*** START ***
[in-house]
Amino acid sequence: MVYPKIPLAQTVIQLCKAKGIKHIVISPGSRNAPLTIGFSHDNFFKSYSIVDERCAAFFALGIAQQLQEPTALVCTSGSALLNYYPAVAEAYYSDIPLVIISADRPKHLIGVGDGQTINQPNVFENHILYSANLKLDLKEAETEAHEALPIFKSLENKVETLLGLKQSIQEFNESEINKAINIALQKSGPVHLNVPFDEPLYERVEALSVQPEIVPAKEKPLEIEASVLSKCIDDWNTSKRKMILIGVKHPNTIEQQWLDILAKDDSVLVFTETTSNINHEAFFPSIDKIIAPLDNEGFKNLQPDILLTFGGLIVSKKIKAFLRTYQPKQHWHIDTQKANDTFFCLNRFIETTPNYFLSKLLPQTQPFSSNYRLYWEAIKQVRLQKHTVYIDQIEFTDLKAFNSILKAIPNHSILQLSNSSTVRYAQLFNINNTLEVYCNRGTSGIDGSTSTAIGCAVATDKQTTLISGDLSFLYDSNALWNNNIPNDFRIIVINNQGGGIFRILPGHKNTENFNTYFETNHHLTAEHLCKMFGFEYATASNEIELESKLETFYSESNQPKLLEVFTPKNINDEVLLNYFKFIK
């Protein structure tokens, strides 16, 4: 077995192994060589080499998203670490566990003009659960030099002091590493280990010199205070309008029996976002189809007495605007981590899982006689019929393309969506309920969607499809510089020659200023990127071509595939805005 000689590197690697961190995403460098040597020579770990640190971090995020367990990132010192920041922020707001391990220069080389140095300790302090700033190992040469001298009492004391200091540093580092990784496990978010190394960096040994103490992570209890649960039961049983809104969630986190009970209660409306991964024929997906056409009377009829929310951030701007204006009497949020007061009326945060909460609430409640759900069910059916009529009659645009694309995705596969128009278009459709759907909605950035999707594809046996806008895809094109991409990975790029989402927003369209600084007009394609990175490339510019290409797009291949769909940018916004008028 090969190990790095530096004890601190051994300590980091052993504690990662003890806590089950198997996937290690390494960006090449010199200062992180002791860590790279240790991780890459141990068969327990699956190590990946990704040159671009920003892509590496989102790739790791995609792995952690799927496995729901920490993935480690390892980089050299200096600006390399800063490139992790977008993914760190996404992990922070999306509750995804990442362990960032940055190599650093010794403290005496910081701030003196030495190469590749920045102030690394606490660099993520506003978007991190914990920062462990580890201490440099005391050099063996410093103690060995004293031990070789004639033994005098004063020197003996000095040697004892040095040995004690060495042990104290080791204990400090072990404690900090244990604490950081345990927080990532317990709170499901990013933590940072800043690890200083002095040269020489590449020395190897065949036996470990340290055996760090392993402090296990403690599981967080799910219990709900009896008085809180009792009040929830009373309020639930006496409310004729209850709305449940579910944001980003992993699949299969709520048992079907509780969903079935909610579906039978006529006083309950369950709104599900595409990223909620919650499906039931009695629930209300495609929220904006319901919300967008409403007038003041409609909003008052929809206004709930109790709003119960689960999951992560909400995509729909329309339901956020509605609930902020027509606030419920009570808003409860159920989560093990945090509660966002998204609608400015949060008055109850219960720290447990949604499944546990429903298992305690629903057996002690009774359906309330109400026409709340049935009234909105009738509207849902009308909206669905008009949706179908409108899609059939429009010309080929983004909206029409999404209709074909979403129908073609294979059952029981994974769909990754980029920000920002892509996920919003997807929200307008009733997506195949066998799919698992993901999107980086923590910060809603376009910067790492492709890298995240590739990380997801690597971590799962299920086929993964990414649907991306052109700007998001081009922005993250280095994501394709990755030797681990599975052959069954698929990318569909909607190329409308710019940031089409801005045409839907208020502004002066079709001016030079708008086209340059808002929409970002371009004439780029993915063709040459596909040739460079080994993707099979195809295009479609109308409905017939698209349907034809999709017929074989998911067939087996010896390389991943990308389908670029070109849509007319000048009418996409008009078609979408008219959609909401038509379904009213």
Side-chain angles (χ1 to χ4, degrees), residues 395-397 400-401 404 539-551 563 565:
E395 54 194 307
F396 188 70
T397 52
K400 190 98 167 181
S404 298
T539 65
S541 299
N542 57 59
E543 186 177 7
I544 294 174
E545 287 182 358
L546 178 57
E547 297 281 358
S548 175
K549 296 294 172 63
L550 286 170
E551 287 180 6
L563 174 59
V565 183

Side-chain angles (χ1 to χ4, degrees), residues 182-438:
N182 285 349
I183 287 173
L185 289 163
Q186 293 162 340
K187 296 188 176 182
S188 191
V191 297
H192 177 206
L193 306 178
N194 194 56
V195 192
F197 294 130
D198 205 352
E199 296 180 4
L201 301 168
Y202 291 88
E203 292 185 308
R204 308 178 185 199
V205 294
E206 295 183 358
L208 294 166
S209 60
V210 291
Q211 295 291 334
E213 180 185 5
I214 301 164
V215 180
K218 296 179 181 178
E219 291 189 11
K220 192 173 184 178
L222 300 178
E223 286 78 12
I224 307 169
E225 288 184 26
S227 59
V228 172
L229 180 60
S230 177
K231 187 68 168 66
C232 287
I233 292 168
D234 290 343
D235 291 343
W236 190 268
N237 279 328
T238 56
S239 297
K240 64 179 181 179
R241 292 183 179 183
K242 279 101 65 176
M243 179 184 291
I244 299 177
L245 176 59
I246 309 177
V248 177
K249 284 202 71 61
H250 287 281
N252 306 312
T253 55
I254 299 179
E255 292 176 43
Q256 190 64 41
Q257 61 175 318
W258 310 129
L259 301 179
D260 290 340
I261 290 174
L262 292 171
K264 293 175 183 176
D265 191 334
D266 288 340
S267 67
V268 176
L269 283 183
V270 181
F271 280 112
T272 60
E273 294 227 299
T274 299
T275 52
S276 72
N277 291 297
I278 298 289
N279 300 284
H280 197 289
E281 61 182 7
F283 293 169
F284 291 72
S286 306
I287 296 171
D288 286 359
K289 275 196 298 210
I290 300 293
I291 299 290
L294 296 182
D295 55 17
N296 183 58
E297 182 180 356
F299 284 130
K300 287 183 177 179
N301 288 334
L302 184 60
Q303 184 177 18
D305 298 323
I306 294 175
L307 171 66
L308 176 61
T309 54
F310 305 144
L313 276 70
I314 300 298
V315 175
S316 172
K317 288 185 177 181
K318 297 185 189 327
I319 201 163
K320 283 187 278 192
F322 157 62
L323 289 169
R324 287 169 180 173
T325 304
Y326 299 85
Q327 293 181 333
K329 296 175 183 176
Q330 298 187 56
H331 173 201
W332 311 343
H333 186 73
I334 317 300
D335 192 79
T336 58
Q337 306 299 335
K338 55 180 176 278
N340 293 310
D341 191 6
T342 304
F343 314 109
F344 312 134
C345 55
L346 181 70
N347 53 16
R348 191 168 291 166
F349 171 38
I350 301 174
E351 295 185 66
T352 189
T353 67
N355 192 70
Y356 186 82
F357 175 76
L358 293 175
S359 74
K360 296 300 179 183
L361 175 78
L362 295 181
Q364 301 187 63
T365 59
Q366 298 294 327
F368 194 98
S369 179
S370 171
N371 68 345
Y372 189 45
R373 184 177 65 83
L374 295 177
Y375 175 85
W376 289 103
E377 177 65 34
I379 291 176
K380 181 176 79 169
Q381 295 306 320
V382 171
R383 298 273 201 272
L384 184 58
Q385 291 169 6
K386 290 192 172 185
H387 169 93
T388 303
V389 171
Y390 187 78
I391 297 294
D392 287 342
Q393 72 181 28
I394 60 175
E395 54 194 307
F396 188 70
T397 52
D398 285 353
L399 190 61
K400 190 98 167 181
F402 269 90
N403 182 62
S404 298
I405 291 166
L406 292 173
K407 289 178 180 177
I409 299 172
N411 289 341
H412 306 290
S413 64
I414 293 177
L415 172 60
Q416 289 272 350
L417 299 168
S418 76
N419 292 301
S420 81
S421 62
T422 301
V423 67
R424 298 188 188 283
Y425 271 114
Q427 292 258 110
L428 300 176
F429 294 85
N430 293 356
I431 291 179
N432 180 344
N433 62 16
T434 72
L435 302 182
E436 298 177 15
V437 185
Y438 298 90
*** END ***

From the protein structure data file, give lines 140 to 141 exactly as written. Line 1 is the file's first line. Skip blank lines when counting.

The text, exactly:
I319 201 163
K320 283 187 278 192